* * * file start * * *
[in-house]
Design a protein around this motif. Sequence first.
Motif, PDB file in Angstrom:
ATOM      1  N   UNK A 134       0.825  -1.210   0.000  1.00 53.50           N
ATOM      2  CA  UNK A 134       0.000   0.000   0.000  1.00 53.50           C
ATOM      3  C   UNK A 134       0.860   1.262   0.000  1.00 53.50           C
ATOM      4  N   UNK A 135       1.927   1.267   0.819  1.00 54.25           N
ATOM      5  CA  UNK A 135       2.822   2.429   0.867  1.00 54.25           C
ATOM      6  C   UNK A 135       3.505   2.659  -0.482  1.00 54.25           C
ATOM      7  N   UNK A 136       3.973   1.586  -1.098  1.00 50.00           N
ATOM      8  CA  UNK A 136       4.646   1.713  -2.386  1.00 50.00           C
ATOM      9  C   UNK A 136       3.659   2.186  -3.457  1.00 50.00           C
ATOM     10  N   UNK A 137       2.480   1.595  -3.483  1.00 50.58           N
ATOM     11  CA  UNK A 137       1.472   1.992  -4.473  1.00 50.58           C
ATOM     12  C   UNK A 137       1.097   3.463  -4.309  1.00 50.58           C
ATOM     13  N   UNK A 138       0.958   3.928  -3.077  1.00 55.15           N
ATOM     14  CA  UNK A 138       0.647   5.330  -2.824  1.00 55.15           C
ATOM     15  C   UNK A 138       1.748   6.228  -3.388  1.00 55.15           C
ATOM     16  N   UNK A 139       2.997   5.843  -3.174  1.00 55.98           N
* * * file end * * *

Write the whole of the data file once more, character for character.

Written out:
[in-house]
Design a protein around this motif. Sequence first.
Motif, PDB file in Angstrom:
ATOM      1  N   UNK A 134       0.825  -1.210   0.000  1.00 53.50           N
ATOM      2  CA  UNK A 134       0.000   0.000   0.000  1.00 53.50           C
ATOM      3  C   UNK A 134       0.860   1.262   0.000  1.00 53.50           C
ATOM      4  N   UNK A 135       1.927   1.267   0.819  1.00 54.25           N
ATOM      5  CA  UNK A 135       2.822   2.429   0.867  1.00 54.25           C
ATOM      6  C   UNK A 135       3.505   2.659  -0.482  1.00 54.25           C
ATOM      7  N   UNK A 136       3.973   1.586  -1.098  1.00 50.00           N
ATOM      8  CA  UNK A 136       4.646   1.713  -2.386  1.00 50.00           C
ATOM      9  C   UNK A 136       3.659   2.186  -3.457  1.00 50.00           C
ATOM     10  N   UNK A 137       2.480   1.595  -3.483  1.00 50.58           N
ATOM     11  CA  UNK A 137       1.472   1.992  -4.473  1.00 50.58           C
ATOM     12  C   UNK A 137       1.097   3.463  -4.309  1.00 50.58           C
ATOM     13  N   UNK A 138       0.958   3.928  -3.077  1.00 55.15           N
ATOM     14  CA  UNK A 138       0.647   5.330  -2.824  1.00 55.15           C
ATOM     15  C   UNK A 138       1.748   6.228  -3.388  1.00 55.15           C
ATOM     16  N   UNK A 139       2.997   5.843  -3.174  1.00 55.98           N